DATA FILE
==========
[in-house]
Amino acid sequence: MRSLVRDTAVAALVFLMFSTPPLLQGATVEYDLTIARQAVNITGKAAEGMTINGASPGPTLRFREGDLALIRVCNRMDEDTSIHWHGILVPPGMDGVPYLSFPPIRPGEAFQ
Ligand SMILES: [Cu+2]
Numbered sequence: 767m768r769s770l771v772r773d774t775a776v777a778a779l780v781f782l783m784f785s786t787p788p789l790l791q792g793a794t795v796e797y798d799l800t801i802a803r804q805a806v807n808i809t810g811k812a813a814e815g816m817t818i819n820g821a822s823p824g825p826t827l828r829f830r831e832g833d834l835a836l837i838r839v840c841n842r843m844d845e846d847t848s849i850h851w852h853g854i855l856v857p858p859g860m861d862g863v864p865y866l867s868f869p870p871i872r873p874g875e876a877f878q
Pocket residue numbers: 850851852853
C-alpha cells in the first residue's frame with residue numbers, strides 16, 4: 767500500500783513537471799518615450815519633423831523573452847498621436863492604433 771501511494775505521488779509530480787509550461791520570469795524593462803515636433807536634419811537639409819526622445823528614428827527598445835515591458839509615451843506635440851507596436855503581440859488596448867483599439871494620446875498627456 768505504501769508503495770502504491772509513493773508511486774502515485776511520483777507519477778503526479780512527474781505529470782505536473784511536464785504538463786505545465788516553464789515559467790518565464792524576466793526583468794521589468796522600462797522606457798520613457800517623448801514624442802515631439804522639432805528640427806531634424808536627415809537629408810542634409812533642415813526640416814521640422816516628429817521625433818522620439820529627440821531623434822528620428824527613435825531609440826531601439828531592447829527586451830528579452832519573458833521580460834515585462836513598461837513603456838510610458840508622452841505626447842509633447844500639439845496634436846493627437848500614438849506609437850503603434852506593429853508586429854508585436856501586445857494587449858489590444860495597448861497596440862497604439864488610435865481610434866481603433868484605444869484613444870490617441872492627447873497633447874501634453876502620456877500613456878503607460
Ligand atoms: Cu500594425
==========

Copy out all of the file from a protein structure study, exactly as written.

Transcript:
[in-house]
Amino acid sequence: MRSLVRDTAVAALVFLMFSTPPLLQGATVEYDLTIARQAVNITGKAAEGMTINGASPGPTLRFREGDLALIRVCNRMDEDTSIHWHGILVPPGMDGVPYLSFPPIRPGEAFQ
Ligand SMILES: [Cu+2]
Numbered sequence: 767m768r769s770l771v772r773d774t775a776v777a778a779l780v781f782l783m784f785s786t787p788p789l790l791q792g793a794t795v796e797y798d799l800t801i802a803r804q805a806v807n808i809t810g811k812a813a814e815g816m817t818i819n820g821a822s823p824g825p826t827l828r829f830r831e832g833d834l835a836l837i838r839v840c841n842r843m844d845e846d847t848s849i850h851w852h853g854i855l856v857p858p859g860m861d862g863v864p865y866l867s868f869p870p871i872r873p874g875e876a877f878q
Pocket residue numbers: 850851852853
C-alpha cells in the first residue's frame with residue numbers, strides 16, 4: 767500500500783513537471799518615450815519633423831523573452847498621436863492604433 771501511494775505521488779509530480787509550461791520570469795524593462803515636433807536634419811537639409819526622445823528614428827527598445835515591458839509615451843506635440851507596436855503581440859488596448867483599439871494620446875498627456 768505504501769508503495770502504491772509513493773508511486774502515485776511520483777507519477778503526479780512527474781505529470782505536473784511536464785504538463786505545465788516553464789515559467790518565464792524576466793526583468794521589468796522600462797522606457798520613457800517623448801514624442802515631439804522639432805528640427806531634424808536627415809537629408810542634409812533642415813526640416814521640422816516628429817521625433818522620439820529627440821531623434822528620428824527613435825531609440826531601439828531592447829527586451830528579452832519573458833521580460834515585462836513598461837513603456838510610458840508622452841505626447842509633447844500639439845496634436846493627437848500614438849506609437850503603434852506593429853508586429854508585436856501586445857494587449858489590444860495597448861497596440862497604439864488610435865481610434866481603433868484605444869484613444870490617441872492627447873497633447874501634453876502620456877500613456878503607460
Ligand atoms: Cu500594425